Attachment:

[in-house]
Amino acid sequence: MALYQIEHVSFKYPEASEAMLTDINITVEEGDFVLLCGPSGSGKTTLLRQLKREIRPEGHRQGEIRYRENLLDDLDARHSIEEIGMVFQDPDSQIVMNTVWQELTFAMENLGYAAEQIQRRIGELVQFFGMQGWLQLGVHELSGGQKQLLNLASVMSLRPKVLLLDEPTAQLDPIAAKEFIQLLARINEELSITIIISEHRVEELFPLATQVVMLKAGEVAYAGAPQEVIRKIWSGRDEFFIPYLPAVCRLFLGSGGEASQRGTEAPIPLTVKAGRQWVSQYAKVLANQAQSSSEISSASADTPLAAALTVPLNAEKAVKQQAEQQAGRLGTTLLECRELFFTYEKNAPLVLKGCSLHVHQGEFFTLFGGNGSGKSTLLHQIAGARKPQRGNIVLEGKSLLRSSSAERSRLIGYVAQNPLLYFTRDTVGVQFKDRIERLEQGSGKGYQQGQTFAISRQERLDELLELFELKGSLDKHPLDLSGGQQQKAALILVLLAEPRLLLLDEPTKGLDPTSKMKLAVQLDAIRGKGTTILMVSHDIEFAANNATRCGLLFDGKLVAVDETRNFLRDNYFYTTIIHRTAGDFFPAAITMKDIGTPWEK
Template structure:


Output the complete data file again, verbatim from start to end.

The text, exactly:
[in-house]
Amino acid sequence: MALYQIEHVSFKYPEASEAMLTDINITVEEGDFVLLCGPSGSGKTTLLRQLKREIRPEGHRQGEIRYRENLLDDLDARHSIEEIGMVFQDPDSQIVMNTVWQELTFAMENLGYAAEQIQRRIGELVQFFGMQGWLQLGVHELSGGQKQLLNLASVMSLRPKVLLLDEPTAQLDPIAAKEFIQLLARINEELSITIIISEHRVEELFPLATQVVMLKAGEVAYAGAPQEVIRKIWSGRDEFFIPYLPAVCRLFLGSGGEASQRGTEAPIPLTVKAGRQWVSQYAKVLANQAQSSSEISSASADTPLAAALTVPLNAEKAVKQQAEQQAGRLGTTLLECRELFFTYEKNAPLVLKGCSLHVHQGEFFTLFGGNGSGKSTLLHQIAGARKPQRGNIVLEGKSLLRSSSAERSRLIGYVAQNPLLYFTRDTVGVQFKDRIERLEQGSGKGYQQGQTFAISRQERLDELLELFELKGSLDKHPLDLSGGQQQKAALILVLLAEPRLLLLDEPTKGLDPTSKMKLAVQLDAIRGKGTTILMVSHDIEFAANNATRCGLLFDGKLVAVDETRNFLRDNYFYTTIIHRTAGDFFPAAITMKDIGTPWEK
Template structure: